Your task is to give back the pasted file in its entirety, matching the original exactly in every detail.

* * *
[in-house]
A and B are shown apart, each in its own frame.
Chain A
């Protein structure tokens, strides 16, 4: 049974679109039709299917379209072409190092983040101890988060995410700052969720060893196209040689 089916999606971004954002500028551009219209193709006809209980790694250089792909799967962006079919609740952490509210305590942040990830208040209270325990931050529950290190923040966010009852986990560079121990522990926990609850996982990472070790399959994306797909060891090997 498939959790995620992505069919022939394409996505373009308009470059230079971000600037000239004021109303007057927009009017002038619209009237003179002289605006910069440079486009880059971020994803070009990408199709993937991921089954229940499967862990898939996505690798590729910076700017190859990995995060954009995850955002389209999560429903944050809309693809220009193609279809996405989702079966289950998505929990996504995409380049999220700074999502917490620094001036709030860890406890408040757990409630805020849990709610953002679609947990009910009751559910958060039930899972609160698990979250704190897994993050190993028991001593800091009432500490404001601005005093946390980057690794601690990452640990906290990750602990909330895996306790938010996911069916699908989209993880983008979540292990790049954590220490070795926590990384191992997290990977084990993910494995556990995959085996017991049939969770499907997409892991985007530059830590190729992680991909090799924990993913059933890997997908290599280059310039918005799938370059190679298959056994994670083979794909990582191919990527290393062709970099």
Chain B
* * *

[in-house]
A and B are shown apart, each in its own frame.
Chain A
């Protein structure tokens, strides 16, 4: 049974679109039709299917379209072409190092983040101890988060995410700052969720060893196209040689 089916999606971004954002500028551009219209193709006809209980790694250089792909799967962006079919609740952490509210305590942040990830208040209270325990931050529950290190923040966010009852986990560079121990522990926990609850996982990472070790399959994306797909060891090997 498939959790995620992505069919022939394409996505373009308009470059230079971000600037000239004021109303007057927009009017002038619209009237003179002289605006910069440079486009880059971020994803070009990408199709993937991921089954229940499967862990898939996505690798590729910076700017190859990995995060954009995850955002389209999560429903944050809309693809220009193609279809996405989702079966289950998505929990996504995409380049999220700074999502917490620094001036709030860890406890408040757990409630805020849990709610953002679609947990009910009751559910958060039930899972609160698990979250704190897994993050190993028991001593800091009432500490404001601005005093946390980057690794601690990452640990906290990750602990909330895996306790938010996911069916699908989209993880983008979540292990790049954590220490070795926590990384191992997290990977084990993910494995556990995959085996017991049939969770499907997409892991985007530059830590190729992680991909090799924990993913059933890997997908290599280059310039918005799938370059190679298959056994994670083979794909990582191919990527290393062709970099």
Chain B